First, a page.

Journalism students triumph at inaugural #BuildTheNews event
City University London and Imperial College London students awarded top prize for Low Pass, a Twitter 'noise' filter for journalists.
Low Pass, a Twitter 'noise' filter designed by students from City University London and Imperial College London (pictured, left), was named as Best Project at the inaugural Build the News Event, last weekend.
The sheer volume of tweets, or noise, that surround a major news story make it very hard for journalists to find first-person, eye-witness accounts of events as they unfold. Low Pass cuts through the confusion and allows the user to easily find tweets from the beginning stages of a story via an interactive interface.
The Build the News event, which was sponsored by The Times, Sunday Times and The Sun, brought together the country's leading journalism students and web developers and challenged them to come up with a novel digital journalism project.
Team member Jeshua Maxey explained more on his blog:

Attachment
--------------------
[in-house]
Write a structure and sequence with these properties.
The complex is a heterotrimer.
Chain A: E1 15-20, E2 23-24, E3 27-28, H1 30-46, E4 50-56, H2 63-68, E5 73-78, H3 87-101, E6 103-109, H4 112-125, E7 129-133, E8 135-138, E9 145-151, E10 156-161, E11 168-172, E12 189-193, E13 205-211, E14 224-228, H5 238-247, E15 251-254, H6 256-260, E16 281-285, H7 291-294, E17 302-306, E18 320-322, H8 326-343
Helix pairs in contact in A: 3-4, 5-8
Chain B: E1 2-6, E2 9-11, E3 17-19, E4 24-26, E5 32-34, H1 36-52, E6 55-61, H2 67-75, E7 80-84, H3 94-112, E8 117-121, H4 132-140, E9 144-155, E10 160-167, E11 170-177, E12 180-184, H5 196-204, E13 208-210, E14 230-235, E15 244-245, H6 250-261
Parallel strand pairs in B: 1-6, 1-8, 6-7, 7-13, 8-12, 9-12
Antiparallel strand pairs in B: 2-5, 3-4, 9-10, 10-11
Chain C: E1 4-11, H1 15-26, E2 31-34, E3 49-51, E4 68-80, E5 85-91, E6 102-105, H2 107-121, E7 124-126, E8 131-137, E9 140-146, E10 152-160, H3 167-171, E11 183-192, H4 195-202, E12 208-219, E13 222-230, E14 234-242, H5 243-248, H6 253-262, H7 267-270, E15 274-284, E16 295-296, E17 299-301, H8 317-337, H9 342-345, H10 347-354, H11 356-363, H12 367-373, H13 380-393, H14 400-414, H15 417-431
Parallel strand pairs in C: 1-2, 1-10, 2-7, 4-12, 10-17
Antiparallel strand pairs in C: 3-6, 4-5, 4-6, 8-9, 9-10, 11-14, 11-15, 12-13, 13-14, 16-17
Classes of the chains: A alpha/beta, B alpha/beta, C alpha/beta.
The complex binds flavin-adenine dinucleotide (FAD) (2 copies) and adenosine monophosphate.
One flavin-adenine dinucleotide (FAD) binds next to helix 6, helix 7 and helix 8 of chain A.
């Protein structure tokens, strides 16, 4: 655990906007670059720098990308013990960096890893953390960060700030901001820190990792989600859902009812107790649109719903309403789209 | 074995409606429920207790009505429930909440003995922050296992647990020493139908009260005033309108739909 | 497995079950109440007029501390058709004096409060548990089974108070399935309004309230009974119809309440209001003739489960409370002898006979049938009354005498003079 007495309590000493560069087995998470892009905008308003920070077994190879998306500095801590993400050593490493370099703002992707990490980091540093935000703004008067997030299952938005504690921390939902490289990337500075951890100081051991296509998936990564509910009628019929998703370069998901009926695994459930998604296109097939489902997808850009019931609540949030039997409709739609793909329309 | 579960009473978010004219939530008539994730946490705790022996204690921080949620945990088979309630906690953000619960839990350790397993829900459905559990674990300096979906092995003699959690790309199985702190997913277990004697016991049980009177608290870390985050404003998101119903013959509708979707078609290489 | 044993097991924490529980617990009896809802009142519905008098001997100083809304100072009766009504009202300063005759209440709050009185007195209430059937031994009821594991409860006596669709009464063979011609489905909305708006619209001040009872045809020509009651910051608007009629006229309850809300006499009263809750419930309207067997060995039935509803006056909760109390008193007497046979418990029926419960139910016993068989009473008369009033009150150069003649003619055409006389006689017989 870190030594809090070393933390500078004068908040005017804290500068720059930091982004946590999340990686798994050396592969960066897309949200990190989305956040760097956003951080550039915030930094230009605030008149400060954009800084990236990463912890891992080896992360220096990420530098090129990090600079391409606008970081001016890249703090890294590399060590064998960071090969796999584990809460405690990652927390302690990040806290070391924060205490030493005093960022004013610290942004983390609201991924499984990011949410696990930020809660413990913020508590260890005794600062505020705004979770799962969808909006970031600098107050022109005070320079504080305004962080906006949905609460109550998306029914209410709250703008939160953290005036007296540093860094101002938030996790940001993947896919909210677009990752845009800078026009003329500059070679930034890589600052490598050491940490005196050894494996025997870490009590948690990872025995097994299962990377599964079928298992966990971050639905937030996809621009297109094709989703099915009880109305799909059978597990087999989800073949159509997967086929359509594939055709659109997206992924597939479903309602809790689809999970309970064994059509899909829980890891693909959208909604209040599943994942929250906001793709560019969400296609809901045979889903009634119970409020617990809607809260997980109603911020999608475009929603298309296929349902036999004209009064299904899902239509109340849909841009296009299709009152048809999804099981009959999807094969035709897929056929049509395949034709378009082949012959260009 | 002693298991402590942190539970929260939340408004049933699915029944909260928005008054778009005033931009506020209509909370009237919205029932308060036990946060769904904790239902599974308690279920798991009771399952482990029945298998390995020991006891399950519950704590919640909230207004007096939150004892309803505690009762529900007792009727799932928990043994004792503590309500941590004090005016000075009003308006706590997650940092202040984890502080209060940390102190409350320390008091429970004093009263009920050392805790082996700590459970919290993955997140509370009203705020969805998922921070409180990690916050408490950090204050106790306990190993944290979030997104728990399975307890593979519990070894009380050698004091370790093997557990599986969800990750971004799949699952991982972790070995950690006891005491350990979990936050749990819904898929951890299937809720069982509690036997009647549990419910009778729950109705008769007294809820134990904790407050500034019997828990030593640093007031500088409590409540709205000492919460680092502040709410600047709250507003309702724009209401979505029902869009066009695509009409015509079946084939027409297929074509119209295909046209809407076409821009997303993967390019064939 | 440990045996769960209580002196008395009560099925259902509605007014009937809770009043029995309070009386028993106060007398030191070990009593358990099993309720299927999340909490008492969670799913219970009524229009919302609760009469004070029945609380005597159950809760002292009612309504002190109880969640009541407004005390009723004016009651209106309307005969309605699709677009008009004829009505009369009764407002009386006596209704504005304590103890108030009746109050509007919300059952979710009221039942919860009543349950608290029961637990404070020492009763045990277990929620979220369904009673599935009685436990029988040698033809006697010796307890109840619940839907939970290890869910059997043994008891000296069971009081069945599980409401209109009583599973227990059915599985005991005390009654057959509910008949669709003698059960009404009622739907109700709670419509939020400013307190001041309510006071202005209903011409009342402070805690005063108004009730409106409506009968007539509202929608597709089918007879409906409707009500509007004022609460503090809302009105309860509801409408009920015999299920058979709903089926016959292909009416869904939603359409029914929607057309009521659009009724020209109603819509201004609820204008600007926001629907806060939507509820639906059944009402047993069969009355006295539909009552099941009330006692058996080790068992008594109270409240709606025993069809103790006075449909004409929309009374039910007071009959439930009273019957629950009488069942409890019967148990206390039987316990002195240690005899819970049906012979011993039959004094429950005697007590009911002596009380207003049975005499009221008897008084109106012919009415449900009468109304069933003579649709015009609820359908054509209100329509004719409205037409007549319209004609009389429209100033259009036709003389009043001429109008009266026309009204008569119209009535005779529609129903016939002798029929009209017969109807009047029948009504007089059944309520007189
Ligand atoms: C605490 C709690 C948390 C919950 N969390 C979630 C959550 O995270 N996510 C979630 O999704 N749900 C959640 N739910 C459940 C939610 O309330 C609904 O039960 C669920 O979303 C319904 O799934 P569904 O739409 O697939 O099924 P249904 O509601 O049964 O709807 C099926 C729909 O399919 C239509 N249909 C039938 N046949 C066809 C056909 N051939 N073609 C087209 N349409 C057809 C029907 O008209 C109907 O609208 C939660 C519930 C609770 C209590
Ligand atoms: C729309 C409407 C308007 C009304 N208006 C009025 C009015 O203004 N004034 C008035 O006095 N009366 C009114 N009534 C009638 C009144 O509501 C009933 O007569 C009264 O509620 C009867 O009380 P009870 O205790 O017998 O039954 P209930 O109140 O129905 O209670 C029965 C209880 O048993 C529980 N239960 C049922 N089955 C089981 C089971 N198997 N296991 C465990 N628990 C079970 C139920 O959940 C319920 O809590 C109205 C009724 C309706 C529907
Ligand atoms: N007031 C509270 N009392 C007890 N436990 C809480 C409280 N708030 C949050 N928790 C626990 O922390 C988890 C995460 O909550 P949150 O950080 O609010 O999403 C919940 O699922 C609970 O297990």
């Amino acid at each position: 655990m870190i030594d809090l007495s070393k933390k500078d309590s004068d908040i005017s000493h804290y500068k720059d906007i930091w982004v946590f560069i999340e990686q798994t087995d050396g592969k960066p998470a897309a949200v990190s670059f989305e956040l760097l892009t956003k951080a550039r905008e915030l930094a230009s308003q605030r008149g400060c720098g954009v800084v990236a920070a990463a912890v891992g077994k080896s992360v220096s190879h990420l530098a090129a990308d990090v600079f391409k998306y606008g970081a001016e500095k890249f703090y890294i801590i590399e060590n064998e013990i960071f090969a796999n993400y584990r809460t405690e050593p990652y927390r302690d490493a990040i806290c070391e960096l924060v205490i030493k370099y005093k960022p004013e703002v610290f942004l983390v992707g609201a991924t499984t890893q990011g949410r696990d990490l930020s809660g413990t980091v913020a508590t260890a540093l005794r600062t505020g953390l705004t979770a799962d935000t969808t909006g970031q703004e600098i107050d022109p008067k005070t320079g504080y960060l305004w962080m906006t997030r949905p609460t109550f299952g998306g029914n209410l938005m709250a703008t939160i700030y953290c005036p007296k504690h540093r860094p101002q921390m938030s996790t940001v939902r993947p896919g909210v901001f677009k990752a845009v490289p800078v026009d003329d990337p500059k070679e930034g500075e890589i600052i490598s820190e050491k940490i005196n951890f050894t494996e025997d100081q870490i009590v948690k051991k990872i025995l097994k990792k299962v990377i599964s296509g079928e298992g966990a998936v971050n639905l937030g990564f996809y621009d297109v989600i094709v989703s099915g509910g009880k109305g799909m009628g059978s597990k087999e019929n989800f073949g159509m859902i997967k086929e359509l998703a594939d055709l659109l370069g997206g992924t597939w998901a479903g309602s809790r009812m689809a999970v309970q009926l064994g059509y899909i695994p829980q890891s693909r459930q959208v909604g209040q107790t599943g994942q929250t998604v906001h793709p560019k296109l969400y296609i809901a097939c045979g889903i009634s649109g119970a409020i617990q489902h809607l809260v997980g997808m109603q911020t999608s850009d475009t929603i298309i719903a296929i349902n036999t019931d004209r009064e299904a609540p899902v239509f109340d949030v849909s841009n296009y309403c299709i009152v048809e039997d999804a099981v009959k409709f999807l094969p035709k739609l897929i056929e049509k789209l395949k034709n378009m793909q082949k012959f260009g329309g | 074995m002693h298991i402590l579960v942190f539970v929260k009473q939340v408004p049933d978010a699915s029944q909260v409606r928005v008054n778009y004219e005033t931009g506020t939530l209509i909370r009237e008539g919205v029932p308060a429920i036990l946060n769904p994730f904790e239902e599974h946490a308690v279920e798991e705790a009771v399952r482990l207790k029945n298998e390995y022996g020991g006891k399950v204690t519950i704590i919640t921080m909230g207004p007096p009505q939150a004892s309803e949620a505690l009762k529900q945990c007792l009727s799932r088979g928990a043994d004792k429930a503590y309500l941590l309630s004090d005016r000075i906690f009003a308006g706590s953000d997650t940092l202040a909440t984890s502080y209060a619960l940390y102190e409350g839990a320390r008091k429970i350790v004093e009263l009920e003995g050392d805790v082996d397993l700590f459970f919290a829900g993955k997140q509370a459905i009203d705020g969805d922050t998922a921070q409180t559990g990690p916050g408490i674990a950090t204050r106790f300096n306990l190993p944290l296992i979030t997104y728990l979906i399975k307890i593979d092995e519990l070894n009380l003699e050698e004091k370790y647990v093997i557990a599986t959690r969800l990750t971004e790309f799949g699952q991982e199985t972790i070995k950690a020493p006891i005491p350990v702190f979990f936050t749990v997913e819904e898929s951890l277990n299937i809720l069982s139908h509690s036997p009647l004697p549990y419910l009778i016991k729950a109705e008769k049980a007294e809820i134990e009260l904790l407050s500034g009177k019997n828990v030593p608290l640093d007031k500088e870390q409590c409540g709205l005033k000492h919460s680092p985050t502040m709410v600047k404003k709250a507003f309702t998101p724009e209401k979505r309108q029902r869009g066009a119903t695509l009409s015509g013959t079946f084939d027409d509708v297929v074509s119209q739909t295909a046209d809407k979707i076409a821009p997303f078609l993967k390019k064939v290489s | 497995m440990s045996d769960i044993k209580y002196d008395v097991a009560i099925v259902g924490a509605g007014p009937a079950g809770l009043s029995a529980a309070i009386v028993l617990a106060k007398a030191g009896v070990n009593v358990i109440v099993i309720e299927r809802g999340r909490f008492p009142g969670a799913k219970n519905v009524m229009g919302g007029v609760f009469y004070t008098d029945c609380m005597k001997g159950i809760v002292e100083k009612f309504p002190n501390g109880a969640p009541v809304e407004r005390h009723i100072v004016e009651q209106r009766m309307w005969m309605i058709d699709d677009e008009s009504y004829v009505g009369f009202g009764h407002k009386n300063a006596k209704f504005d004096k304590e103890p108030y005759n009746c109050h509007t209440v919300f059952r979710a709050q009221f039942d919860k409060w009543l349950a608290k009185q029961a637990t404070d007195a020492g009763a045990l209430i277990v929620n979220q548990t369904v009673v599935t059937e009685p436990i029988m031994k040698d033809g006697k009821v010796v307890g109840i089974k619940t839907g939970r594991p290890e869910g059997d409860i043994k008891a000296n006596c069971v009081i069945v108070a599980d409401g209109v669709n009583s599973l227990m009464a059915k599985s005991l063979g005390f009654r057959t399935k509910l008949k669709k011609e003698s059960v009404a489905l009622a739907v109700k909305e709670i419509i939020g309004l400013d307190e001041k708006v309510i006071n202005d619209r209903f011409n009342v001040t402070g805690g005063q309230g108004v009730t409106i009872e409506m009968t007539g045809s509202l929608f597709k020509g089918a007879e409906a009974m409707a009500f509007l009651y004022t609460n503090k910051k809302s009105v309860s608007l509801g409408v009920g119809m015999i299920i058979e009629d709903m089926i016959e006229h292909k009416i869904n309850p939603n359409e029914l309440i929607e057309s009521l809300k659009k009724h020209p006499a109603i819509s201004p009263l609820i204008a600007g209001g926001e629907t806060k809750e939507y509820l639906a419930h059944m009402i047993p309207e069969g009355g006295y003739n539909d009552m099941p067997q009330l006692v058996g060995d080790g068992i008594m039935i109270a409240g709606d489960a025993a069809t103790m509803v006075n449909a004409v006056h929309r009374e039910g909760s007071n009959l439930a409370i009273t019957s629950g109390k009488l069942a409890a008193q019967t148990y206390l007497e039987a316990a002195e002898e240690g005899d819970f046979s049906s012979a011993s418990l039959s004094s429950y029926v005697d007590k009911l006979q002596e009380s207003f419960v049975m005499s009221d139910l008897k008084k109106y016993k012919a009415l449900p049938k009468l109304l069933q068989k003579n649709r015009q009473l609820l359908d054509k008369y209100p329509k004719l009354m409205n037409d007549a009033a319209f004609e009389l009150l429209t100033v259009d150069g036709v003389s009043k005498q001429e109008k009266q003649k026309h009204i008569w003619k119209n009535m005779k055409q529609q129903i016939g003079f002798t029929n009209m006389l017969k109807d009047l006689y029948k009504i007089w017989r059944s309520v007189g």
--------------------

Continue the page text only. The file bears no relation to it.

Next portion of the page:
"Consider an event such as the Boston bombings. For such an event, one would expect the graph for #bostonbombing to be completely flat until the point at which the bomb goes off. At that point there is a huge spike as everyone starts talking about what's going on: speculation, misinformation and opinion all but eliminate any chance that the first few commentators on the ground will be heard. The signal is completely lost in an ocean of noise.
"Low Pass is a tool that presents this graph to you, taking a hashtag and a point in time you know to be close to the time of the event as the only inputs. You then select the period of time you want to see tweets from (as a journalist, you most likely want to see tweets from the low activity time period just before the event spreads across social media) and Low Pass gives them to you. That's it. It's quite simple, but we thought we were onto something with it."
Kadhim Shubber, currently studying on City's Investigative Journalism MA, says the team hope to continue working on Low Pass in the coming months:
"We plan to tidy up the work we did at the weekend and then begin developing and experimenting with the tool further over the summer. We'd love to prototype it in a newsroom so we could test it in a real-world environment."